Skip to main content

Big mammals make for interesting birding

If you want a novel Ohio birding experience, visit the 10,000+ acre former strip mine lands known as the Wilds. Located in Muskingum County, this site is buffered by thousands of additional acres of strip mine reclamation grasslands, and the overall ambience suggests the plains of Africa.

I was there in late December to participate in the Chandlersville Christmas Bird Count - one of umpteen trips that I've made to this area over the years.

Wintertime on the Wilds. It does look rather bleak and inhospitable, and cold temperatures and unrelenting winds mean one had better bundle up. But the birding can be stellar, and raptors are the star of the wintertime show. Rough-legged Hawks, Northern Harriers, Merlin, Red-tailed Hawks, Short-eared Owls and more. Golden Eagles have wintered here for many years now, and one of Ohio's few Prairie Falcons returned to winter for two consecutive years (2004-05).

In regards to our bird count, I drew a plum assignment. Nina Harfmann and I were paired with Jenise Bauman, who is the Wilds' director of conservation science training, and that meant we had access to the fenced off grasslands. Vast tracts are surrounded by fences for a good reason, as we shall see. There's lots of great birds to be found within the Wilds' inner core and we found some goodies, but many an interesting mammal also lurks within the fenced confines.

Birders have long made the pilgrimage to the Wilds in winter, seeking owls and eagles and other feathered quarry. For seven years now, the Ohio Ornithological Society has hosted a winter raptor day in January, which has drawn upwards of 150 enthusiasts some years. Here, some birders take advantage of the massive birding platform which overlooks an enormous expanse of grassland dappled by ponds. The Ohio Division of Wildlife funded the platform to the tune of $55,000, and it is known as the Birding Station at Jeffrey Point. Oh, that's Bill of the Birds scoping things in the foreground.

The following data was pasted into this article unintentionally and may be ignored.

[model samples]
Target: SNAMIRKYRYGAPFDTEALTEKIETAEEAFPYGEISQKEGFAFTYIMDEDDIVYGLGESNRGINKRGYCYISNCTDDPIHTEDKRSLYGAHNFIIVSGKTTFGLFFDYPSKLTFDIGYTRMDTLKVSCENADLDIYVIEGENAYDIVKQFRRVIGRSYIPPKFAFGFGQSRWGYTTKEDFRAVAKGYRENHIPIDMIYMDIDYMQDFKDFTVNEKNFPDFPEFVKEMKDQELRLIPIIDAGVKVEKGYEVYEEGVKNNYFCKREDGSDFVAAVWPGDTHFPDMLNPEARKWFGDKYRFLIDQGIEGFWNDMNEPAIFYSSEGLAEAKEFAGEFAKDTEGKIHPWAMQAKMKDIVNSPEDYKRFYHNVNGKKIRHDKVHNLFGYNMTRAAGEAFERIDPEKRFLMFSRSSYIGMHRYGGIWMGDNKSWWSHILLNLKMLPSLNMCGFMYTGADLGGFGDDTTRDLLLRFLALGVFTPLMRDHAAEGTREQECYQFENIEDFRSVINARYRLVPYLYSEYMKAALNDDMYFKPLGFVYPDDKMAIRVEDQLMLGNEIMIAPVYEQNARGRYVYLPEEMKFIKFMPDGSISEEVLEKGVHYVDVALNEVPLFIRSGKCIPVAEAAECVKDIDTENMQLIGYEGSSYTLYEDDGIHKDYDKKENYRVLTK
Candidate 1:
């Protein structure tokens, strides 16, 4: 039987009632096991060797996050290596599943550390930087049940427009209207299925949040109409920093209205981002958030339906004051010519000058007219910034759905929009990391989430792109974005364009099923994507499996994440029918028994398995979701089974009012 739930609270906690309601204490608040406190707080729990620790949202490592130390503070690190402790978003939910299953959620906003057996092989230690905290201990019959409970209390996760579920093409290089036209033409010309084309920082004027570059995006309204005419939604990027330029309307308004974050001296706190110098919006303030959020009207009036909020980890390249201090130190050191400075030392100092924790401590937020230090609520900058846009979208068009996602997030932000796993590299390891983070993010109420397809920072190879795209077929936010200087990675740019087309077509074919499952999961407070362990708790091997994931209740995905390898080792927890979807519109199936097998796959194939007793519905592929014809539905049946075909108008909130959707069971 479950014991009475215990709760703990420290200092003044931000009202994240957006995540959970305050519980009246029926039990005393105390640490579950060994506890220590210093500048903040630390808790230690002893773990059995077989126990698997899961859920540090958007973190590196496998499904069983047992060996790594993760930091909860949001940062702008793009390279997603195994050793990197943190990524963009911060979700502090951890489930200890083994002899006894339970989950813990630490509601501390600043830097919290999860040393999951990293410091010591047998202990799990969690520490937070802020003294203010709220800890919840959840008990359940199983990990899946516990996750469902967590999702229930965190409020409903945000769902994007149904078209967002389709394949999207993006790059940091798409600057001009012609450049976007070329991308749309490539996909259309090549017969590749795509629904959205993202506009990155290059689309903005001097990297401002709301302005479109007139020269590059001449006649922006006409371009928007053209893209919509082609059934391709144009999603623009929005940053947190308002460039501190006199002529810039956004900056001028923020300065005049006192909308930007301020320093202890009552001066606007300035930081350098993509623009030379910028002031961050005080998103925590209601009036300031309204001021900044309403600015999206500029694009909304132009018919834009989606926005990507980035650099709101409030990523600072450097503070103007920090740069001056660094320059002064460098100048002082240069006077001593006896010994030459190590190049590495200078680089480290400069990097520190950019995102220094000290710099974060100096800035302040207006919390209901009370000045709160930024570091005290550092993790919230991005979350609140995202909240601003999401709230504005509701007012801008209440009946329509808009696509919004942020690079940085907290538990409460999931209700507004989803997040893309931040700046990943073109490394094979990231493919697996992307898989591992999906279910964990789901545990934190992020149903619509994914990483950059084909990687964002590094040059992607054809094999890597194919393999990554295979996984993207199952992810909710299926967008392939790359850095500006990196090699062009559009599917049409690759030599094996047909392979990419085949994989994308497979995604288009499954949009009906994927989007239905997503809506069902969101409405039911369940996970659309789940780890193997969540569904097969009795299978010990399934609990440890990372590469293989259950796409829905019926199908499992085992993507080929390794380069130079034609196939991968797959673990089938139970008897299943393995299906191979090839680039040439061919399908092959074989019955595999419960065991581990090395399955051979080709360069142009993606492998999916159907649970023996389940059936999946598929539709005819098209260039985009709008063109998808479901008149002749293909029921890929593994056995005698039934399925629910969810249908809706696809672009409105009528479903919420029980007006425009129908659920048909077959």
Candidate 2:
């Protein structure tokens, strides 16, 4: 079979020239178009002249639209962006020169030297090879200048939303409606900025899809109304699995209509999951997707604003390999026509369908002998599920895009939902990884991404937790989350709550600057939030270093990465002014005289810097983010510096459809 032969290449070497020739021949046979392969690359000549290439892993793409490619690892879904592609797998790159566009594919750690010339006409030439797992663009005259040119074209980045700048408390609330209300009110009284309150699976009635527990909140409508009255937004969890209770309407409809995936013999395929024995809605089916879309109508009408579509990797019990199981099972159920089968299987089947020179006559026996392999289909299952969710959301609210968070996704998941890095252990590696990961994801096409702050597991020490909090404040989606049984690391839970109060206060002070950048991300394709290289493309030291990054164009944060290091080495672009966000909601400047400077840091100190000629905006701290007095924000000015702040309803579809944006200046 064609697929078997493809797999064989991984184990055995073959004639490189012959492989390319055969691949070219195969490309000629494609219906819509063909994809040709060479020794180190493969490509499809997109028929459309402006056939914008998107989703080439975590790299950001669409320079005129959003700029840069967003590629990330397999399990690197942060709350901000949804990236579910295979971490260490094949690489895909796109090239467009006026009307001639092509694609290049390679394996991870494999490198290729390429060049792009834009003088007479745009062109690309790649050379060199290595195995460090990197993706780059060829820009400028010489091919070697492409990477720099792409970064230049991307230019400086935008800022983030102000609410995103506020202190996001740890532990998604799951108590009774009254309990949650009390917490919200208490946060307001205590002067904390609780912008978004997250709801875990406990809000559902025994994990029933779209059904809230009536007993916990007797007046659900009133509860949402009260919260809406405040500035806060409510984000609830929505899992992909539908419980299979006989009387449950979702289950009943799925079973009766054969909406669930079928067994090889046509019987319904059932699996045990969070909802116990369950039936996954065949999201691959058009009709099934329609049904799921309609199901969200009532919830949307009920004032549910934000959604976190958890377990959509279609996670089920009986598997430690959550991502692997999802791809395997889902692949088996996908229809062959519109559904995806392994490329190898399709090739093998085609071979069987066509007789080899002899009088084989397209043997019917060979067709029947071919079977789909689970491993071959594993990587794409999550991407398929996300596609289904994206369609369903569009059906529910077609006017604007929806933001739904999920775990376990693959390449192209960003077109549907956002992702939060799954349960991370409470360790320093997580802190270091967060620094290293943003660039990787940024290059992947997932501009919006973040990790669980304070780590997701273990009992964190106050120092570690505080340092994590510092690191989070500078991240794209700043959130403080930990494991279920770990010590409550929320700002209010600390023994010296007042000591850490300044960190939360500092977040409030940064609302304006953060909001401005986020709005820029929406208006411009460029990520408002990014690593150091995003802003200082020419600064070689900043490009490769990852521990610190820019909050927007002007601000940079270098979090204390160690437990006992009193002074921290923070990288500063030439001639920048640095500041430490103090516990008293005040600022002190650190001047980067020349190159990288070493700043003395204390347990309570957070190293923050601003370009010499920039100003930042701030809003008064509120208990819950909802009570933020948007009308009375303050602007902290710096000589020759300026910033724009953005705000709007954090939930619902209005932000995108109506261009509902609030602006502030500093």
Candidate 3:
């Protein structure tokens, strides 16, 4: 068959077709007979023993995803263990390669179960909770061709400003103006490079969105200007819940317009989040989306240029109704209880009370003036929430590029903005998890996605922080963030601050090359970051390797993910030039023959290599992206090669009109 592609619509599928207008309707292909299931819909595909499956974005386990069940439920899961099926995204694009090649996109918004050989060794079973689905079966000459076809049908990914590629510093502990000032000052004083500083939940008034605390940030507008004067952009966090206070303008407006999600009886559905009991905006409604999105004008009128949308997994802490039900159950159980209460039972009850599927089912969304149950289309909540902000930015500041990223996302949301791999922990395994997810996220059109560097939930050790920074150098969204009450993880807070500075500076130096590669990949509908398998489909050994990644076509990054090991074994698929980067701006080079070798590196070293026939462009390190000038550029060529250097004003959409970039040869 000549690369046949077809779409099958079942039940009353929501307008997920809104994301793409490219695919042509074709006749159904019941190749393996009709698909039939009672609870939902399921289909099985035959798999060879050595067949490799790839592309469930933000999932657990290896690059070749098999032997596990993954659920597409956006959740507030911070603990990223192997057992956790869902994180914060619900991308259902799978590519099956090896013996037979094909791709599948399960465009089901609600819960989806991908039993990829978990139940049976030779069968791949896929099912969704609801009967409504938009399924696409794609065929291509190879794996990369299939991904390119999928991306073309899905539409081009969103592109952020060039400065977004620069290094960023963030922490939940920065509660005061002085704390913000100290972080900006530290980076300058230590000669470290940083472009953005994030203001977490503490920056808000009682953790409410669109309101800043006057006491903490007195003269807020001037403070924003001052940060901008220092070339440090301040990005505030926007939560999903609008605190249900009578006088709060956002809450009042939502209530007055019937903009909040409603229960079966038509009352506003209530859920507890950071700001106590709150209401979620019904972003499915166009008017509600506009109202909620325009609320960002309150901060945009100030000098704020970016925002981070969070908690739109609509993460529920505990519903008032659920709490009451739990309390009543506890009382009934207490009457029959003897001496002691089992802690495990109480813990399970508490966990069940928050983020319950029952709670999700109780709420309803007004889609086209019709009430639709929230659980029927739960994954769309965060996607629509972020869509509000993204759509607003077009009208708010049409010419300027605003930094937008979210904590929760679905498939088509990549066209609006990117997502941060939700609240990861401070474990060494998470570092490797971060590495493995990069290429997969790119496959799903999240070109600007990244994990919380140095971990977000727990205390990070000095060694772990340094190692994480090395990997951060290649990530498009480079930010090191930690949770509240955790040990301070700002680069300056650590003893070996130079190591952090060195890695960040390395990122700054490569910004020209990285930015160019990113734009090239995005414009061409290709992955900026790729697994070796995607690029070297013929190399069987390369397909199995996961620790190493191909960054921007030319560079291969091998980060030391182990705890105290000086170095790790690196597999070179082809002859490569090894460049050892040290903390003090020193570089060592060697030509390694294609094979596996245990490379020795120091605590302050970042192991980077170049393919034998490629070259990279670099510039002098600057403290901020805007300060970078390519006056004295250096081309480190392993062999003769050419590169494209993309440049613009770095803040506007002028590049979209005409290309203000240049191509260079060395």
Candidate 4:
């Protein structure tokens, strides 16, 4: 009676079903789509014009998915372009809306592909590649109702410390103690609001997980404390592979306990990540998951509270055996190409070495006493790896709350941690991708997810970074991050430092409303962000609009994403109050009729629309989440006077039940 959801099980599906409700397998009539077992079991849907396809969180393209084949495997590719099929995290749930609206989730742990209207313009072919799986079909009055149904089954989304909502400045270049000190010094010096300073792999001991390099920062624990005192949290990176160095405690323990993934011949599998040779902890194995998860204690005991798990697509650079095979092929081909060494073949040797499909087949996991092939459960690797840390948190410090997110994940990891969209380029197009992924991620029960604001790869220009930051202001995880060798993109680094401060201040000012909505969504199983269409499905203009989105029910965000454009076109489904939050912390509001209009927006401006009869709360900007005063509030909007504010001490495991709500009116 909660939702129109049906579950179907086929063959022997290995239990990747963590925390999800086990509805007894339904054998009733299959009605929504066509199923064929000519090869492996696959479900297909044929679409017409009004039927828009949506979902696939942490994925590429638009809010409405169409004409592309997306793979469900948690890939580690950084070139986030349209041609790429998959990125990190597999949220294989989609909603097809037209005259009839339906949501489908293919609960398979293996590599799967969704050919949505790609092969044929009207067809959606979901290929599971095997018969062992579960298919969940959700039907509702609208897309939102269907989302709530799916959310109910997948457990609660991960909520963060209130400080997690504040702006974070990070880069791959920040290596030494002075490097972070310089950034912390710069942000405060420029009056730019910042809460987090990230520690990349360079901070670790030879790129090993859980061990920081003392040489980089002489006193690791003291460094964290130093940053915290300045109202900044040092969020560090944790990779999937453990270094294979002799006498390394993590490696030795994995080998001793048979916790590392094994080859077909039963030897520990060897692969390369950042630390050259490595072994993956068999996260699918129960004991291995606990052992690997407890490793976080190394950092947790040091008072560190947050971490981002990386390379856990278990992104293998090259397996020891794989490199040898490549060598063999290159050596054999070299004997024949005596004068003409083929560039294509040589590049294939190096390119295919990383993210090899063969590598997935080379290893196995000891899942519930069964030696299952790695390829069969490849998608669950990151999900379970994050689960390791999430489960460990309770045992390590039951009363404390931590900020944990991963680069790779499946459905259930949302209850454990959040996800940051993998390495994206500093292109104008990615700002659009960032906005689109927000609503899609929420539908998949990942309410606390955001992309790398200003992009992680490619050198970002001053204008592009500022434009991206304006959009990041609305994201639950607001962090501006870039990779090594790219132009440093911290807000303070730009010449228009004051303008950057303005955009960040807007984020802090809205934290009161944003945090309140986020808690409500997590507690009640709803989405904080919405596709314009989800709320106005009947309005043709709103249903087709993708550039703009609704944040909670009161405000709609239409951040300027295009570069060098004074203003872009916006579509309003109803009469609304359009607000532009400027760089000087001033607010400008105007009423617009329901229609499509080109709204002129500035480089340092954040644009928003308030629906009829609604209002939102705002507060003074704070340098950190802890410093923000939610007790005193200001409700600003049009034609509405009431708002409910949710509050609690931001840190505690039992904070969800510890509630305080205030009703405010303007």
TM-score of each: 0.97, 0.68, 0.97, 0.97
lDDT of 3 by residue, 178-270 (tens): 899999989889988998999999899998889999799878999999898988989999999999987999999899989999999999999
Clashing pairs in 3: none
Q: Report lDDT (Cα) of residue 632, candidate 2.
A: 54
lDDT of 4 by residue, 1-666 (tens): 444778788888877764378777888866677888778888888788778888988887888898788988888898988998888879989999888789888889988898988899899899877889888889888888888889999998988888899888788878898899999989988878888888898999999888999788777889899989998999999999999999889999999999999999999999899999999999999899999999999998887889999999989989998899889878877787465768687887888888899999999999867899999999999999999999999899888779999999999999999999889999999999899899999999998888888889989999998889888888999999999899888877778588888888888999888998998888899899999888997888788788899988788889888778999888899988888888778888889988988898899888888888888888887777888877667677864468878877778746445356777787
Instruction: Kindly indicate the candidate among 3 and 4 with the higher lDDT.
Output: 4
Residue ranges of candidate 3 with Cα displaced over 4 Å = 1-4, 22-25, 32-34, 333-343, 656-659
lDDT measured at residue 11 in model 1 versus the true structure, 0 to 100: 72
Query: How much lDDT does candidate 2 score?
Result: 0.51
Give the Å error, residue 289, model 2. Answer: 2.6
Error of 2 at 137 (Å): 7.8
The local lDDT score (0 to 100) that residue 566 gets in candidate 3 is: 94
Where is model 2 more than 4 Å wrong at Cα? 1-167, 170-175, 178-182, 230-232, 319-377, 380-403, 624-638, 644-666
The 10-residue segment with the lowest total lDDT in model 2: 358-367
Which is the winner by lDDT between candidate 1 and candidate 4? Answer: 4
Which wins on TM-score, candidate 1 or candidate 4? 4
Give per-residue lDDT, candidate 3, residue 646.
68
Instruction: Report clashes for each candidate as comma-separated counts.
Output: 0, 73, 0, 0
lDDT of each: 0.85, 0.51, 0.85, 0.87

Birding the core of the Wilds can be a surreal experience. Yes, those are camels on the crest of that distant ridge, Bactrian Camels to be specific. The Wilds' primary mission is as a wildlife conservation and research center, and they maintain about 30 species of large mammals, many of which are imperiled in their native ranges. As birders, we use landmarks to get our fellows on birds, and that makes for some interesting dialogue in this place: "Rough-legged Hawk, one o'clock and flying left - just shot by the camels!"

One of the most numerous mammals is one of our natives, the White-tailed Deer. They're everywhere, and their ranks include some impressively racked big bucks.

Here's a much smaller ungulate, the Sika Deer, which was once found throughout much of Eurasia. It has declined or disappeared from most of its original range. These are adults, which unlike our white-tailed deer retain their speckling into adulthood.

These lumbering brutes are my personal favorites at the Wilds: the Sichuan Takin. The musk-ox-looking mammals are indigenous to the slopes of the Himalayas, and are utterly impervious to cold. Even the most brutal winter day at the Wilds is nothing to them.

A Takin is rather charming in its own special way. Big bulls can weigh over 700 lbs, and they're not possessed of a very friendly temperament.

Cute as buttons, a pair of Persian Onagers buddy up. These asiatic wild asses are nearly gone from the wild, with only a few hundred left in two regions of Iran. Onagers are incredibly tolerant of temperature extremes, and can endure temperatures of well over 100 degrees - not an uncommon occurrence in their native range. In winter, they grow a thick coat of insulating fur and have no troubles dealing with frigid temperatures.

Completing the surrealistic Wilds landscape is the stunning Grevy's Zebra, which occurs in Ethiopia and Kenya. Less than 6,000 of these gorgeous mammals are thought to remain in the wild. This is the largest of the three zebra species, and a mature male can weigh nearly 1,000 pounds.